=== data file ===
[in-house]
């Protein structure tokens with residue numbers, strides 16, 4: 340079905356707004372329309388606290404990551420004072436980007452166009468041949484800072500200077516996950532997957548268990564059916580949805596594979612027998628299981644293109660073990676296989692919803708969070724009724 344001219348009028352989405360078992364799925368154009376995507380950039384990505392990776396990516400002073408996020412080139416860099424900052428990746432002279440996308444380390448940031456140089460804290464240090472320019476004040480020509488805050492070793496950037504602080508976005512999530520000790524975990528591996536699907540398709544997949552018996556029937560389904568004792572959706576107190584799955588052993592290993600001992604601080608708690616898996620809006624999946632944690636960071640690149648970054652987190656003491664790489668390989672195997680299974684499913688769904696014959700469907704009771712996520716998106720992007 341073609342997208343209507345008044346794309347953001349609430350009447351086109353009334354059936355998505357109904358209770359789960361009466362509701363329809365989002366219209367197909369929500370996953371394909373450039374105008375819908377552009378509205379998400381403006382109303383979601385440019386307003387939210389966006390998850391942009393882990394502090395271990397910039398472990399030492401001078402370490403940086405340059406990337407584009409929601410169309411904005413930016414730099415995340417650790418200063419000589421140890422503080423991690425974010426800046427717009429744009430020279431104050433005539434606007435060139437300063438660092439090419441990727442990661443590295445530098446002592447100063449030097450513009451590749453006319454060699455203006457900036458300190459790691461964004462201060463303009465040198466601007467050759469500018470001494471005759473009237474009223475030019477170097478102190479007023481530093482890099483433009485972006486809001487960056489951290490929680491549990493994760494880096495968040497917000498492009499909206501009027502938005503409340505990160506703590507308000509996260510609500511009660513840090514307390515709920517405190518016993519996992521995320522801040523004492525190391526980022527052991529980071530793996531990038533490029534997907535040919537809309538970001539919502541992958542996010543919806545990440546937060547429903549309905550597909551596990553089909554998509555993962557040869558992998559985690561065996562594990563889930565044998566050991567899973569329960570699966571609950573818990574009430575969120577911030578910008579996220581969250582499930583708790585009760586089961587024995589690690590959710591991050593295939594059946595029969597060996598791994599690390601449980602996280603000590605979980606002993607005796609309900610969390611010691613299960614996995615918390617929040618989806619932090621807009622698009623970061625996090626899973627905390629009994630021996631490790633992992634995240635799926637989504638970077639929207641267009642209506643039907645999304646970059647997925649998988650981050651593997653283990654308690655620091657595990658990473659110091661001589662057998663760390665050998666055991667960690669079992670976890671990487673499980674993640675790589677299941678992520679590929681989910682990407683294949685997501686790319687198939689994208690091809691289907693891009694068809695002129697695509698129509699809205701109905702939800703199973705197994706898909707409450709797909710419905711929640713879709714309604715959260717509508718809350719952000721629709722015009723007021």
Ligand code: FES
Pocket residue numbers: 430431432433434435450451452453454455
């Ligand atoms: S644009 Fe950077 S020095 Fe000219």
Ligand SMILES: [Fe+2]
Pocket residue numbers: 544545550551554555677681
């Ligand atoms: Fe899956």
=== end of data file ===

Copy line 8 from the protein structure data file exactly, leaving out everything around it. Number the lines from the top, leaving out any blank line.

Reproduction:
């Ligand atoms: Fe899956």